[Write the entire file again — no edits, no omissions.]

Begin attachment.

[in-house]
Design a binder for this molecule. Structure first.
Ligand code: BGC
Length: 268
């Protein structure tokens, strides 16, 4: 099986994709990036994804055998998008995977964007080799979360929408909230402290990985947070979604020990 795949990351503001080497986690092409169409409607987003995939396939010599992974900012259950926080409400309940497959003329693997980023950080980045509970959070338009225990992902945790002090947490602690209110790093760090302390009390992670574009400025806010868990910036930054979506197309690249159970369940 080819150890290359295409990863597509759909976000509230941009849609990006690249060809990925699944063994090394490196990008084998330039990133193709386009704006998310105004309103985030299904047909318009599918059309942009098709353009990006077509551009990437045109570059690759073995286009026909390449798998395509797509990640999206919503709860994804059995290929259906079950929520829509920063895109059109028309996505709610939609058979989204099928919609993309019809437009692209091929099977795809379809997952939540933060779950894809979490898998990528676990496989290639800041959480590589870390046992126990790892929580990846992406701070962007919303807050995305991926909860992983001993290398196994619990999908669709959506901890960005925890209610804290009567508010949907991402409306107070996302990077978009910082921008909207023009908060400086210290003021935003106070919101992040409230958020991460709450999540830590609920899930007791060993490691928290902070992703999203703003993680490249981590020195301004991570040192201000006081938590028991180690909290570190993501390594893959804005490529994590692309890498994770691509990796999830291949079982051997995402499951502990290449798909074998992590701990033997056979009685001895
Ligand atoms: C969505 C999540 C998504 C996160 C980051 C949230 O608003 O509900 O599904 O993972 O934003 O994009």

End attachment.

[in-house]
Design a binder for this molecule. Structure first.
Ligand code: BGC
Length: 268
């Protein structure tokens, strides 16, 4: 099986994709990036994804055998998008995977964007080799979360929408909230402290990985947070979604020990 795949990351503001080497986690092409169409409607987003995939396939010599992974900012259950926080409400309940497959003329693997980023950080980045509970959070338009225990992902945790002090947490602690209110790093760090302390009390992670574009400025806010868990910036930054979506197309690249159970369940 080819150890290359295409990863597509759909976000509230941009849609990006690249060809990925699944063994090394490196990008084998330039990133193709386009704006998310105004309103985030299904047909318009599918059309942009098709353009990006077509551009990437045109570059690759073995286009026909390449798998395509797509990640999206919503709860994804059995290929259906079950929520829509920063895109059109028309996505709610939609058979989204099928919609993309019809437009692209091929099977795809379809997952939540933060779950894809979490898998990528676990496989290639800041959480590589870390046992126990790892929580990846992406701070962007919303807050995305991926909860992983001993290398196994619990999908669709959506901890960005925890209610804290009567508010949907991402409306107070996302990077978009910082921008909207023009908060400086210290003021935003106070919101992040409230958020991460709450999540830590609920899930007791060993490691928290902070992703999203703003993680490249981590020195301004991570040192201000006081938590028991180690909290570190993501390594893959804005490529994590692309890498994770691509990796999830291949079982051997995402499951502990290449798909074998992590701990033997056979009685001895
Ligand atoms: C969505 C999540 C998504 C996160 C980051 C949230 O608003 O509900 O599904 O993972 O934003 O994009």